SSLKEYLOGFILE is a special environment variable that can be set to log SSL key information. The contents of this file can then be used by Wireshark to decrypt the network traffic. If the game supports the use of this environment variable then it is another way to see the plaintext network traffic without having to deal with the hassle of setting up a HTTPS proxy and routing the application traffic through it. To test it is simple: create an environment variable called SSLKEYLOGFILE and set its value to a path on your filesystem. Then launch the game and see if anything is written out to the file. If you’ve done it successfully, there should be SSL key information in the file, confirming that the use of this environment variable is enabled.

Having this key information, we should be able to see decrypted data in Wireshark. To see this, we can launch Wireshark and begin monitoring. We then launch the game and perform some actions to ensure REST calls are being made. Finally, we import the SSL key information in Wireshark via Edit -> Preferences -> Protocols -> TLS and provide the SSL key file.

Once these changes are applied, we can filter out traffic to the server and verify that the decrypted application data is visible.

The decrypted requests appear to be present. We can view the full request-response flow by right clicking on a request and selecting Follow -> HTTP Stream

This quick find provided all of the insight needed to reverse engineer the REST APIs. But what if the SSLKEYLOGFILE environment variable was unsupported? We would have to dig a bit deeper into the strings dump, which we’ll do while we’re here anyway. Searching for “http” provides some interesting information:


These appear to be WebSocket functions. These are good to know, but probably not what we are interested in, as the client-server communication we are reverse engineering is not done via WebSockets. If these functions are used, it is probably from within a multiplayer game instance where the lower overhead full-duplex connection that WebSockets provide is a good choice.

"%s HTTP/%s\r\n%s%s%s%s%s%s%s%s%s%s%s"

This looks like a format string for an HTTP request.


These are constants used by the Xbox Live Networking library.


Different endpoints that may be called by the game. These can be useful as filters in Wireshark at some point, but not relevant to the endpoint that we are interested in.

"HCHttpCallRequestSetHeader [ID %llu]: %s=%s"
"HCHttpCallRequestSetRequestBodyBytes [ID %llu]: requestBodySize=%lu"
"HCHttpCallRequestSetRetryAllowed [ID %llu]: retryAllowed=%s"
"HCHttpCallRequestSetRetryCacheId [ID %llu]: retryAfterCacheId=%d"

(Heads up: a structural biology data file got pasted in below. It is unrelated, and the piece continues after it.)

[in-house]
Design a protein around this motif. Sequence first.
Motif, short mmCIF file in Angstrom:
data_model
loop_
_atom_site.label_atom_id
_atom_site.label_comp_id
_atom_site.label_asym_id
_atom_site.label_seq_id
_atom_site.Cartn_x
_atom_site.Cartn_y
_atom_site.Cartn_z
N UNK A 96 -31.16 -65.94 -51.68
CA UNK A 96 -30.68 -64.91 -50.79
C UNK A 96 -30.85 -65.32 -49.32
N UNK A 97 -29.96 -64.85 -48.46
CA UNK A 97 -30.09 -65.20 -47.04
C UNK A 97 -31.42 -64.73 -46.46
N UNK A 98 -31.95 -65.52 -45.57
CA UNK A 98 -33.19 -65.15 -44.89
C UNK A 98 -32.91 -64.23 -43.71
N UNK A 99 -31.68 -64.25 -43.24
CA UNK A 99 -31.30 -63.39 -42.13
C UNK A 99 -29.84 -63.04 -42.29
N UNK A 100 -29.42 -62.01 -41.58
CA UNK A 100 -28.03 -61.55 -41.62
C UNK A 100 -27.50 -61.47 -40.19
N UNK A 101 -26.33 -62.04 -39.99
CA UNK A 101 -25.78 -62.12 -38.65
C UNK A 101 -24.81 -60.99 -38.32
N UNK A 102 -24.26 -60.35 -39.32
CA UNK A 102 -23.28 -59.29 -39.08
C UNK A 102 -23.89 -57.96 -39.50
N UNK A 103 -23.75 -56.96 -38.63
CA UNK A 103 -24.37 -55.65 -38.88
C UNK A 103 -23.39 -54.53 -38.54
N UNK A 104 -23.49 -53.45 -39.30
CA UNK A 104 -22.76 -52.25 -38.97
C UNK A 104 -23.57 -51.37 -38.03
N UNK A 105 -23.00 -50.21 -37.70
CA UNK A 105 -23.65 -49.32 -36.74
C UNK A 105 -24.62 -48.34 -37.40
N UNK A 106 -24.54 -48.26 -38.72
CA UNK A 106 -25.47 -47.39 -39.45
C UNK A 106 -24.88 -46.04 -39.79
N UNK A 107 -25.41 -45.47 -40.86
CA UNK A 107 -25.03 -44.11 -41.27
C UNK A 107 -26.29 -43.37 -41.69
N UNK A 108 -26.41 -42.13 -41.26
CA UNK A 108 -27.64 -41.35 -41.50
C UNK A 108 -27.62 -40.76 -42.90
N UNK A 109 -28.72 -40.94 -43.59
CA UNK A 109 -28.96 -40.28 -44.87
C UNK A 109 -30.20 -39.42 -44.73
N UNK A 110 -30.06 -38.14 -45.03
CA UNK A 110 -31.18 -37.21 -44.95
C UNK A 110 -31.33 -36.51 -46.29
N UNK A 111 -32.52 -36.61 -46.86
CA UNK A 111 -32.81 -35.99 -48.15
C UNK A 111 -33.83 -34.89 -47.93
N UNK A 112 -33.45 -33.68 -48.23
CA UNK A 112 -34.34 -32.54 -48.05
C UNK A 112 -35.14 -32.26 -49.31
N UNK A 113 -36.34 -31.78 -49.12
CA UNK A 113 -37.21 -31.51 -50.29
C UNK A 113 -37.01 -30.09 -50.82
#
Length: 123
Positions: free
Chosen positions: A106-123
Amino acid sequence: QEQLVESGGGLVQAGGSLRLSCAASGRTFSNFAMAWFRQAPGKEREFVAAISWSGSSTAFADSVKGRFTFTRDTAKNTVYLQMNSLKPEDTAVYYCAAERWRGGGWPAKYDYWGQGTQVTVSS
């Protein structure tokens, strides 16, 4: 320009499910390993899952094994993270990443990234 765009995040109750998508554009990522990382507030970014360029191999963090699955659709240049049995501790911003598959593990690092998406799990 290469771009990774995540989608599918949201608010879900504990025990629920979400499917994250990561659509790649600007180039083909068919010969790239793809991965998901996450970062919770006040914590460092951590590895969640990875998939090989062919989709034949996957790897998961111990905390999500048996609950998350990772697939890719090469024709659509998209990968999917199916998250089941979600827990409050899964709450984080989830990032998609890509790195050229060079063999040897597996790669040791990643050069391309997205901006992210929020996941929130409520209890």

"HCHttpCallRequestSetTimeout [ID %llu]: timeoutInSeconds=%u"
"HCHttpCallRequestTimeoutWindow: %u"
"HCHttpCallRequestSetUrl [ID %llu]: method=%s url=%s"
"HCHttpCallResponseAppendResponseBodyBytes [ID %llu]: bodySize=%llu (total=%llu)"
"HCHttpCallResponseGetResponseString [ID %llu]: responseString=%.2048s"
"HCHttpCallResponseSetResponseHeader [ID %llu]: Duplicated header %s=%s"
"HCHttpCallResponseSetResponseHeader [ID %llu]: %s=%s"
"HCHttpCallResponseSetErrorCode [ID %llu]: errorCode=%08X (%08X)"
"HCHttpCallResponseSetErrorMessage [ID %llu]: errorMessage=%s"
"HCHttpCallResponseSetResponseBodyBytes [ID %llu]: bodySize=%llu"
"HCHttpCallResponseSetStatusCode [ID %llu]: statusCode=%u"

This is a large set of functions related to constructing HTTP requests and retrieving HTTP responses. These come from the Xbox Live API and the functions that reference these strings seem like good candidates for investigation. There are additional references to libHttpClient, which is another library that works in conjunction with Xbox Live API. The API is pretty comprehensive and provides wrappers for WebSockets, REST APIs, and curl-like functionality with Microsoft’s xCurl implementation. As we begin to reverse engineer the executable, these sets of functions will be good to keep in mind.

Going through the string references has revealed a lot of good information about what is going on with respect to the networking functionality. We were lucky to find that the SSLKEYLOGFILE functionality is supported, and also picked up some good leads regarding functions to investigate. The next series of posts will take a look at these functions, and more, with the goal of finding the relevant code for building requests and processing responses.

Reverse Engineering REST APIs: Basics (3/12)

Filed under: Game Hacking,Programming,Reverse Engineering — admin @ 9:54 AM

Table of Contents:

This next series of posts will describe how to reverse engineer a client application in order to find out how it communicates with a server. Specifically, what we will find throughout the rest of the series, is how the Age of Empires IV game builds requests and decrypts responses. This will be done in multiple steps: first, we will do some basic analysis on the application with a debugger attached, then we will begin to look at the networking functions that the game uses in order to perform client-server communication. From there, we will look deeper into the game logic and reverse engineer the internal functions that build and decode messages. Lastly, we will wrap by up hooking these internal functions in order to see the decrypted content, which will grant us full control over what is being sent and received.

To do this is going to require a set of tools and libraries. Below is what will be used throughout the rest of this series: